The News is Out!!

I'm so excited! Gamespot has done the very first story on us. Read it here!

Saturday, February 25, 2006

In-Game Marketing

A fantastic article from the trade mag Promotions. Two particular data points popped out at me:

"In 2005, U.S. marketers spent $71 million on video game advertising, according to the Boston-based Yankee Group. By 2009, video game advertising is expected to skyrocket to $561 million"

"More than 40% of gamers respond well to products and services that appear in video games; about one-third said they are likely to buy products and services advertised. Some 57% of respondents said they are open to in-game advertising if it helps reduce the cost of the game."

Advertising always gets a bum rap but almost all forms of entertainment tends to reap major benefits (for consumers and producers) when advertising dollars start coming in. There's definitely a very small sweet spot between too much and just enough. The only way to solve that is to engage our empowered consumers. Today's consumer has more of a voice now than in any other time; the problem is, are we as marketers, listening?

Friday, February 24, 2006

The darkside beckons...

From my pals back at Tequila\, a microsite for PS2's MLB 2006 called "Ready for the Show"

Pretty funny clips (I need a bowling ball like that!) but I can't quite make the connection to the actual game or gameplay. But who am I to second-guess Playstation? Here's an idea, maybe we don't need to talk about the actual game anymore.

What if the next evolution of game marketing takes a pointer from Hollywood. Let's nail the trailer, the actual content doesn't matter. Maybe all contemporary marketing leads down that road.

Wow, ok, I'm scaring myself, I'll stop.

You will forget about this post... {waves hand}
I will forget about this post....

Talk about legroom...

It's a jet blimp! Ingenious but I'll pass on the first flight, thank you very much. Needs a better name, what about jimp?

Visa gets you in the games

Ok, so this post's headline sounds a little like I work for Visa. I don't, well I used to... oh nevermind. If you've been on the NBC Olympics site, you might have noticed the online games you can play on the Visa sponsored game area. Find it here: Visa Games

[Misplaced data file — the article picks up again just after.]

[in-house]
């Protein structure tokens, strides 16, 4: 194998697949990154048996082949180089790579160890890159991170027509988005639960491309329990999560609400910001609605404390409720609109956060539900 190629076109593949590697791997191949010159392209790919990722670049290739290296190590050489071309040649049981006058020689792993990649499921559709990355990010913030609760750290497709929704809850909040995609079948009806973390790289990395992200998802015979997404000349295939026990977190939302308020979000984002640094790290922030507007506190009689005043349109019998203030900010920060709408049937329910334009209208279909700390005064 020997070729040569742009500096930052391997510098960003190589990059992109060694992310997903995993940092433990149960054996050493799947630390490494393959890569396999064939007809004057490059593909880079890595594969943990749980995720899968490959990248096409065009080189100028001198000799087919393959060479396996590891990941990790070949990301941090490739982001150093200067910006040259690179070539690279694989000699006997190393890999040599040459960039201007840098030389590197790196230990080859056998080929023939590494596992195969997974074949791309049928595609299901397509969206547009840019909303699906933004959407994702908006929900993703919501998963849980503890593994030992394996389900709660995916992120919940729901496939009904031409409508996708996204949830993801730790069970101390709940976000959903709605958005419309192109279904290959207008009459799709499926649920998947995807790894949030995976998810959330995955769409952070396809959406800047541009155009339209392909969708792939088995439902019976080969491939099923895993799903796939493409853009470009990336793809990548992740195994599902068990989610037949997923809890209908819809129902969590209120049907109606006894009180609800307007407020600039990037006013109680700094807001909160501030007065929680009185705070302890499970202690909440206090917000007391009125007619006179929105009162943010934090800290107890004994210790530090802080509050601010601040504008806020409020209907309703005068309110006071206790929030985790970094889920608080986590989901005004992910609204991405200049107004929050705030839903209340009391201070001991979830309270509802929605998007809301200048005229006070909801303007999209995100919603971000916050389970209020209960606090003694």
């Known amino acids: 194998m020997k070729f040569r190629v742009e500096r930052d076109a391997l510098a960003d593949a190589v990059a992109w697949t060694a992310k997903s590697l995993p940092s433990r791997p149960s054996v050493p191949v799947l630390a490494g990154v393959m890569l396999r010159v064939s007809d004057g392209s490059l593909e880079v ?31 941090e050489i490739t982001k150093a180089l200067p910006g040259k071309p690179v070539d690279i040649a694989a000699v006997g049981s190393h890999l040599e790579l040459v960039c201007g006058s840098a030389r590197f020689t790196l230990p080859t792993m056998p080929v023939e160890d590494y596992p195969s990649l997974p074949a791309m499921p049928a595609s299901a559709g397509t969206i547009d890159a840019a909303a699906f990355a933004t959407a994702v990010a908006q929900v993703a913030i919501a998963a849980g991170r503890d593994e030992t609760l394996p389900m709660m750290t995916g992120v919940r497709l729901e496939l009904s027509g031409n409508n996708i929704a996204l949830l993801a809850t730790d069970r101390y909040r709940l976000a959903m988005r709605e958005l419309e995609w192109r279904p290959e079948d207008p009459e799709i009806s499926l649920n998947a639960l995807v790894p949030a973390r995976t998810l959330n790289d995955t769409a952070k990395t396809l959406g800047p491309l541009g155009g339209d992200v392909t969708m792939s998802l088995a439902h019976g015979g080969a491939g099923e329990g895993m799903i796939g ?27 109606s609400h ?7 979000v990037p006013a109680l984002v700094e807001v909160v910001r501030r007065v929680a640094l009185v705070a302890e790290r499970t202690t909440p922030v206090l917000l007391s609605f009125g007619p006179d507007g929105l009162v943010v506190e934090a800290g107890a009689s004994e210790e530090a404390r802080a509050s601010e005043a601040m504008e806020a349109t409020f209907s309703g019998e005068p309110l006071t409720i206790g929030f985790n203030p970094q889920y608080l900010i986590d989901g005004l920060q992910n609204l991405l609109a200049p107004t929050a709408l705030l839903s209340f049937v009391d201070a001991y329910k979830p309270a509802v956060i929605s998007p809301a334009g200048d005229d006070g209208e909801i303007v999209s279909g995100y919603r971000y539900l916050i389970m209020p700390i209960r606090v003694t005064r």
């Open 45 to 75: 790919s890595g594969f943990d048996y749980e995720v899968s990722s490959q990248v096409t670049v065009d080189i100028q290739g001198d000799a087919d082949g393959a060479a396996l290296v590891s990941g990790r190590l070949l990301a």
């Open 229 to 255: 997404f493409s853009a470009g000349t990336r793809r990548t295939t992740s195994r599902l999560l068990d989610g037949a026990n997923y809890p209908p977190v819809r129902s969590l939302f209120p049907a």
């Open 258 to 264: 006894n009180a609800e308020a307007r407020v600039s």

I'm not usually a fan of Wild Tangent but I have to admit, they must feel bigtime when they're making an advergame for Visa as part of the Olympics. Doesn't look half bad either but I don't know if I'm convinced it's worth it. Someone show me some ROI data. You do have ROI data don't you?

Kiss your game retailer goodbye...

Ok, maybe not yet, but based on this eMarketer report, we're getting there. Just shows that Acclaim is on the right track.

Digital downloading of content will go from 8% in 2005 to 22% in 2010. 70 Million US Internet users regularly play games online. 70 MILLION online gamers! I don't feel so geeky anymore!

Thursday, February 23, 2006

KFC's secret is slow cooking and slow ads

I love this new campaign for KFC. A coupon is hidden in a tv spot, to find it, you have to slow down the ad. Beautiful!

Read the article here! The KFC campaign site is here. I'll let you discover the coupon yourself.

Speaking of slowing down. There's no slowing down for us. Site launches tomorrow. I'm all giddy like.

Tuesday, February 21, 2006

Day 2: Provide context

Revive a brand. Launch an online game. Shake up an industry. Log it all on a blog.

I'm not sure where the blog will go but I will promise honesty. Heck, I might even take a stab at that open-source marketing thing everyone is talking about.

Today is day two. Site launches in a few days and we're shuffling around to get some PR initiatives in place. Information is slippery, once you let it loose, it's near impossible to control. Then again, sometimes it just sits there and does nothing. That's when you recruit some help, either paid or free.

Monday, February 20, 2006

Day 1: Create a Blog


Edited 3/12/06:

I decided to edit this first post and add a little bit about myself. So here goes:

Words that have described me: Gamer, Brand Manager, Chef, Interactive Strategist, Photographer, Writer, Only Child, Actor, One-Day Air Combat Fighter, MBA graduate, Prolific Reader, Surfboard Owner, Closeted Lover of Musicals, Life Long Californian but w/2 Year Tennessee Residency, Esoteric Questioner, and Leo/Dragon.

Enjoy the blog!